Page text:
Maybe Telling Your Daughter She’s Fat Isn’t The Worst Thing You Can Do
I’m a horrible role model when it comes to this entire topic. I don’t know how to talk about weight and dieting because the idea of my own kid growing up how I have, with this giant pile of self-loathing and angst and insecurity and disordered behavior scares me to death. I never want her to be at either end of where I have found myself throughout my life, either calculating the exact calories in half of a yogurt or throwing up her hands and having another cupcake because losing weight seems pointless. I don’t know a single adult woman who has a truthfully healthy relationship with food, who eats mindfully and joyfully, who can exist on kale and skinless chicken breasts and quinoa and then skip desserts for a few weeks and run around the park in order to lose weight. I don’t know these women, I am not this woman.
I think the majority of women I know grow up either with a parent who told them they are perfect no matter what they weighed, or with a parent who poked them in the side and signed them up for Weight Watchers when they felt they weren’t. Maybe having just an honest and practical discussion about the whole thing is the right way to go. Charlotte writes in her article:
The mystical amulets of â€œself-loveâ€ and â€œinner beautyâ€ sound nice and progressive, but theyâ€™re little comfort during a meltdown in the bathing suit store. And these ephemeral ideas leave girls stranded between two worlds, unsure whom to trust; their mothers who say theyâ€™re perfect just the way they are, or a world that tells them otherwise. Eventually it becomes too exhausting to maintain total acceptance of the way we look, and the â€œself-loveâ€ gets drowned in a wave of self-doubt fueled by everything from the media to the kids at school.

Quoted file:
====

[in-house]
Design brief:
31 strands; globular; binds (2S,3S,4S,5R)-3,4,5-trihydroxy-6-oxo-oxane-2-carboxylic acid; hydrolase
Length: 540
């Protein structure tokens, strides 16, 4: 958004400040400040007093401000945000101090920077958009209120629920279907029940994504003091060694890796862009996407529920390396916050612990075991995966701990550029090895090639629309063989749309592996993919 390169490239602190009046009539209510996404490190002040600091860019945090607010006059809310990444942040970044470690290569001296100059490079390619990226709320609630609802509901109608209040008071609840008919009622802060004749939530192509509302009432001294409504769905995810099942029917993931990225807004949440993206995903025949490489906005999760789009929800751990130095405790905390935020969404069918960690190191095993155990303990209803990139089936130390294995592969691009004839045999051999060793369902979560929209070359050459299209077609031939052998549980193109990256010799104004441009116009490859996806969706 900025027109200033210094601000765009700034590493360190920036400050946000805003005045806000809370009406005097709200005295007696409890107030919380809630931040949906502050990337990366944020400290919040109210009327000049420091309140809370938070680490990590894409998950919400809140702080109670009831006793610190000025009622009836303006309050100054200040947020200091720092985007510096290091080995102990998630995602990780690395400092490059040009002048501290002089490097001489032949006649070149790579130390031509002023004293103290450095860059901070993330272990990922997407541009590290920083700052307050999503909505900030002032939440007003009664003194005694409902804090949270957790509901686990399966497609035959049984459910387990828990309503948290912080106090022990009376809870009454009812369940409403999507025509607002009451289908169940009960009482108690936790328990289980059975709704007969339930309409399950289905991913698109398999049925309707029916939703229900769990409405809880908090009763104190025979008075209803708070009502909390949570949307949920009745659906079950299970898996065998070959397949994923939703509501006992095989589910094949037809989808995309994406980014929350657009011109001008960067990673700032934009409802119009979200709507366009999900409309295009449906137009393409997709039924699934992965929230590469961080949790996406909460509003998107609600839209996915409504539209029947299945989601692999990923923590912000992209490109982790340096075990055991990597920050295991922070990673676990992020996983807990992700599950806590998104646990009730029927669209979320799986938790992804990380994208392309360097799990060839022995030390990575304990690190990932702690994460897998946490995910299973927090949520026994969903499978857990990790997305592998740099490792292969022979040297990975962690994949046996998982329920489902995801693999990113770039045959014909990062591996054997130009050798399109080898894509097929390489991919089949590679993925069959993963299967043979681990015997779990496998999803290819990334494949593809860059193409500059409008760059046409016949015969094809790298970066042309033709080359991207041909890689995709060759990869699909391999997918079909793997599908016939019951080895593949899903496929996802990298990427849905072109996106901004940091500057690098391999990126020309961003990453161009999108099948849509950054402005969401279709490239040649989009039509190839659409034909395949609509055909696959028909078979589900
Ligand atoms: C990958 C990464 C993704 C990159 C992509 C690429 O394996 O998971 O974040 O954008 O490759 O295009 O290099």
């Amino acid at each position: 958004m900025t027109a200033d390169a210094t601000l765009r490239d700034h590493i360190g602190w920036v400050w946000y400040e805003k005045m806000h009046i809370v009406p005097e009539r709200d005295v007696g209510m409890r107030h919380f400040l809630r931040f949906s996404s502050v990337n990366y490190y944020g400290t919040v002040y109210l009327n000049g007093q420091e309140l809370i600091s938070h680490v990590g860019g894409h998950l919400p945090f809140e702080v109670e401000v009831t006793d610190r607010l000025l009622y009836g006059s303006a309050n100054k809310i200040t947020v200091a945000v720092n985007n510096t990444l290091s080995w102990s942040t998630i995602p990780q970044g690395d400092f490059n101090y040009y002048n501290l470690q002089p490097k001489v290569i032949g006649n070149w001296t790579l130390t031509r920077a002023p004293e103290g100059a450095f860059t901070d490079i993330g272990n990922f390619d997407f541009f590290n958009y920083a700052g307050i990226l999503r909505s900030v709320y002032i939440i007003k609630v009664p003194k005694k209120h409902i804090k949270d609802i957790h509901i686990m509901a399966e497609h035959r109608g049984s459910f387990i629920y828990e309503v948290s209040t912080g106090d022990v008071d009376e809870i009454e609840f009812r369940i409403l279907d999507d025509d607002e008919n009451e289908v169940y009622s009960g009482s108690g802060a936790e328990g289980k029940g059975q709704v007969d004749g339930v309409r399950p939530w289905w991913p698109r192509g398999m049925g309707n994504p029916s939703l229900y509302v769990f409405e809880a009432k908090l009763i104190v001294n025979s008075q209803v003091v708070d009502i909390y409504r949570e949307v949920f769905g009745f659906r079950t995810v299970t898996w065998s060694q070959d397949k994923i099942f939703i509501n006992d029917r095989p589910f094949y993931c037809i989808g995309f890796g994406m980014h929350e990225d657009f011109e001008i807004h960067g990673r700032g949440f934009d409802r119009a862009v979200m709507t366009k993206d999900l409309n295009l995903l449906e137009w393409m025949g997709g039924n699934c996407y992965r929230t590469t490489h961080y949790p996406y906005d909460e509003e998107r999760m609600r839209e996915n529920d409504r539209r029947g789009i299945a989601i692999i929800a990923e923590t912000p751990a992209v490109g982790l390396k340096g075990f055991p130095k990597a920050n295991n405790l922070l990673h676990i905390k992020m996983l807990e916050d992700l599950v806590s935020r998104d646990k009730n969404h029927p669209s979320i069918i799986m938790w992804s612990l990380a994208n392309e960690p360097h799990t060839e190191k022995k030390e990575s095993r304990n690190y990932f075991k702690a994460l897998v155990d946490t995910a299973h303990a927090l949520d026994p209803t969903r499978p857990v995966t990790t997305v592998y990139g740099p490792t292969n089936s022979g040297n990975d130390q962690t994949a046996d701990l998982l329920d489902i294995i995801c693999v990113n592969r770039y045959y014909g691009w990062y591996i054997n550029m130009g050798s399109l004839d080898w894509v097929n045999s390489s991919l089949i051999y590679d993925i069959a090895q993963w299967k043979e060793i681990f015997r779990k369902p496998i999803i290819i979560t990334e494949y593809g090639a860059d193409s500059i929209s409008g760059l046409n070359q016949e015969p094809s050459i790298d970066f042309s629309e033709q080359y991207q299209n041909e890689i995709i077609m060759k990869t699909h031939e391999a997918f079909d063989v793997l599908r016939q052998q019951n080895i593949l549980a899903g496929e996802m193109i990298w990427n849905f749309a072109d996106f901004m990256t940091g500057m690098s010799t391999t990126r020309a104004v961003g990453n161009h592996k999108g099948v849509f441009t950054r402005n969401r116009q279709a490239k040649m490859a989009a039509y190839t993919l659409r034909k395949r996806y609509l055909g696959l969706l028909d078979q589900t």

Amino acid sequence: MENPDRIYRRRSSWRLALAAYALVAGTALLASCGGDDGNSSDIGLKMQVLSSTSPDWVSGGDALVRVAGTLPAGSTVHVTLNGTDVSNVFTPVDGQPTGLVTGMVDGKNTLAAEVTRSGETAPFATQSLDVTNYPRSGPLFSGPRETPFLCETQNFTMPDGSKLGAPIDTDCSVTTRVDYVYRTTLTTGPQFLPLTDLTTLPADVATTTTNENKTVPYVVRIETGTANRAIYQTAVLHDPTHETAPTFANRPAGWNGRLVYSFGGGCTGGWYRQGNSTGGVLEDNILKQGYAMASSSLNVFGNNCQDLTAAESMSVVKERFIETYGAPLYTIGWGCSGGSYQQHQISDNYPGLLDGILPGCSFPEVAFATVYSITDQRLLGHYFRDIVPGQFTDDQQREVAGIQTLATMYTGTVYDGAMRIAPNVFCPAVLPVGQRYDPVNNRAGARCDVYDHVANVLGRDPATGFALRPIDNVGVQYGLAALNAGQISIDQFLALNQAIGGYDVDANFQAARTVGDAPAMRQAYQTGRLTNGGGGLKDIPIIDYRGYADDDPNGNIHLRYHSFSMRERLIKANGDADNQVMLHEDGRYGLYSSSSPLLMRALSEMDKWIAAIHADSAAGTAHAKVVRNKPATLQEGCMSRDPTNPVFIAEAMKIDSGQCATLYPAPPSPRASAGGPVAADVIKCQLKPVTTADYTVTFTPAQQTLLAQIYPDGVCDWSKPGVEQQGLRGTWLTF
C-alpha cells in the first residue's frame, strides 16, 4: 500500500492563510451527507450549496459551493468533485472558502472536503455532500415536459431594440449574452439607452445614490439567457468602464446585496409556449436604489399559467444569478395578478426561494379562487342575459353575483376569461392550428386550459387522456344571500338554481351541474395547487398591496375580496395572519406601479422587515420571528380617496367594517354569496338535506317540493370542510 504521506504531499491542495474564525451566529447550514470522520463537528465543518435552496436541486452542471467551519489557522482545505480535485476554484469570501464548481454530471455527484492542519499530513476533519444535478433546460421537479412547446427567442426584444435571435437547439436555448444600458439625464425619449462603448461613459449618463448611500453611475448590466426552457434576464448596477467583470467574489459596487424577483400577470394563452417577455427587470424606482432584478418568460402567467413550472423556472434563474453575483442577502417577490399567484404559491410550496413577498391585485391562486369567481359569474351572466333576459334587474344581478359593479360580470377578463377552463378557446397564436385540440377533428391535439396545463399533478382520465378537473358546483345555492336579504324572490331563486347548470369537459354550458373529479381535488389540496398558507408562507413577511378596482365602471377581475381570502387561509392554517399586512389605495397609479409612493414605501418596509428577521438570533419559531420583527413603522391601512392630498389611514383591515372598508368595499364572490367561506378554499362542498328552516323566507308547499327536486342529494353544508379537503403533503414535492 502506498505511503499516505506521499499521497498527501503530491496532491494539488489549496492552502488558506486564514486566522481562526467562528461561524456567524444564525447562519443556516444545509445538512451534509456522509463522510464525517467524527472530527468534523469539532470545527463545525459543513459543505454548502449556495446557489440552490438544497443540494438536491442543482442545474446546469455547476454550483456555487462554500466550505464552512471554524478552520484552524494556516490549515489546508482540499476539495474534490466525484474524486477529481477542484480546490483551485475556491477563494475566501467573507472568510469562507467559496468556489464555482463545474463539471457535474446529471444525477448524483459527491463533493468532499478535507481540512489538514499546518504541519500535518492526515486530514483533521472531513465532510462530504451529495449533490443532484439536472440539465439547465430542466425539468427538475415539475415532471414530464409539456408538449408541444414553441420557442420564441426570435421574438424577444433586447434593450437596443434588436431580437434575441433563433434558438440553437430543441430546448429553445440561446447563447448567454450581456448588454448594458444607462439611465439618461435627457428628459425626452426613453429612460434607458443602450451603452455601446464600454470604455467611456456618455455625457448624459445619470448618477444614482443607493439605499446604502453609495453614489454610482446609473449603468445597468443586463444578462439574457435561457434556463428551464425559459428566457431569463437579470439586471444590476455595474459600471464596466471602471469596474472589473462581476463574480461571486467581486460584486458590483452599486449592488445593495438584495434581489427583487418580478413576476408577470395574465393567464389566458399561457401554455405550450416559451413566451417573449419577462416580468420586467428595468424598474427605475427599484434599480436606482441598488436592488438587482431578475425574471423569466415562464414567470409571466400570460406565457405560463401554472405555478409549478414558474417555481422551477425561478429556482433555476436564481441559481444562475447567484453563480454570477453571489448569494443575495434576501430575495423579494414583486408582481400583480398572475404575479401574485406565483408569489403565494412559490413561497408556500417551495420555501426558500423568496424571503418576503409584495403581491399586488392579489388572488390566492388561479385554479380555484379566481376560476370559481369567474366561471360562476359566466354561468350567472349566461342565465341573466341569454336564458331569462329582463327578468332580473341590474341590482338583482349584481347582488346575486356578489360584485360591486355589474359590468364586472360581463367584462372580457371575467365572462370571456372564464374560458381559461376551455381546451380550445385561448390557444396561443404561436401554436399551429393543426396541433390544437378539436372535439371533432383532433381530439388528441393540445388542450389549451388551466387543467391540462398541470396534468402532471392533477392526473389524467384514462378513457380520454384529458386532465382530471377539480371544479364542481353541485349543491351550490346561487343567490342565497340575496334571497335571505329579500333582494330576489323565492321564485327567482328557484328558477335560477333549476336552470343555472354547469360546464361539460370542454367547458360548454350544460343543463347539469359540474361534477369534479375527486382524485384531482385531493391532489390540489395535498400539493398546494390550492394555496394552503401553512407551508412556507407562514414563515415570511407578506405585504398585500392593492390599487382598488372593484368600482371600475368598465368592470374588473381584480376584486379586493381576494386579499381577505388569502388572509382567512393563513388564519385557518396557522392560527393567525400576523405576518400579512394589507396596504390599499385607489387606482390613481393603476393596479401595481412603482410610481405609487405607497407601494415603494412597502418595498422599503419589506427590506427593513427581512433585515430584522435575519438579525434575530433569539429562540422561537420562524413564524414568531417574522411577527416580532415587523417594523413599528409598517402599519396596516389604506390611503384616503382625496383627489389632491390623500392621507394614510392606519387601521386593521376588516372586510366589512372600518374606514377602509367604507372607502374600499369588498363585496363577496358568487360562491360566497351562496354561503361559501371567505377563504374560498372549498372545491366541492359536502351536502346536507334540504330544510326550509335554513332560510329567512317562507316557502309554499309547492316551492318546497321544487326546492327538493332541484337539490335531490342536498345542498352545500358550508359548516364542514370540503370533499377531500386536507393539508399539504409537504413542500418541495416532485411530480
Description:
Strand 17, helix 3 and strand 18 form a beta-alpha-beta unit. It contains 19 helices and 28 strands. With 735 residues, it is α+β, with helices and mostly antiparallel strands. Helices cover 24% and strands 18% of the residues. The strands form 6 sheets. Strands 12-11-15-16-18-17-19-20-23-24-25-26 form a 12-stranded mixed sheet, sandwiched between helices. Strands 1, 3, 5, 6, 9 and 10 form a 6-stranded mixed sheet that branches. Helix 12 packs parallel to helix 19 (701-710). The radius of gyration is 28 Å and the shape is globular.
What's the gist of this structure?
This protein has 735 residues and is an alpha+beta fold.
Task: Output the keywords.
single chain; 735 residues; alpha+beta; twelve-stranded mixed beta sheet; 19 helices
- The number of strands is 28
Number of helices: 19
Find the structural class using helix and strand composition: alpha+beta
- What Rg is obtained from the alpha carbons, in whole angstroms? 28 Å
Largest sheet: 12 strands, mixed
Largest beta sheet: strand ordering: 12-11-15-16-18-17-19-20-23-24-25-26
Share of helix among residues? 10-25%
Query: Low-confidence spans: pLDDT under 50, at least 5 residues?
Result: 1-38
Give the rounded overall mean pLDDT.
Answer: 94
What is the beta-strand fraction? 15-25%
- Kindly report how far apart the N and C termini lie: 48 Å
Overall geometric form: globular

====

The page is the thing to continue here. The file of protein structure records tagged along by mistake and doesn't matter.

I want my own kids to have these mystical amulets. I don’t know how and why we have gotten to this point in this great big world where being fat or even slightly overweight is seen as the worst thing. My own personal beliefs and views are that I like how people are different, I like how people are different sizes. My own aesthetic principals are that I don’t see weight as being a determining factor in someone’s physical attractiveness. More so than that, I just really don’t care what someone weighs. If a person is happy with their weight I do not care. Anything health related to their weight is between themselves and their doctor. It’s not my business.
But when it comes to my own kids, I want them to have a healthy relationship with their body and with their own dealings with food and weight. I never want them to have weight issues that affect their health. I never want them to feel like they are struggling with how to love themselves because of what the number on the scale says or how their pants fit.Â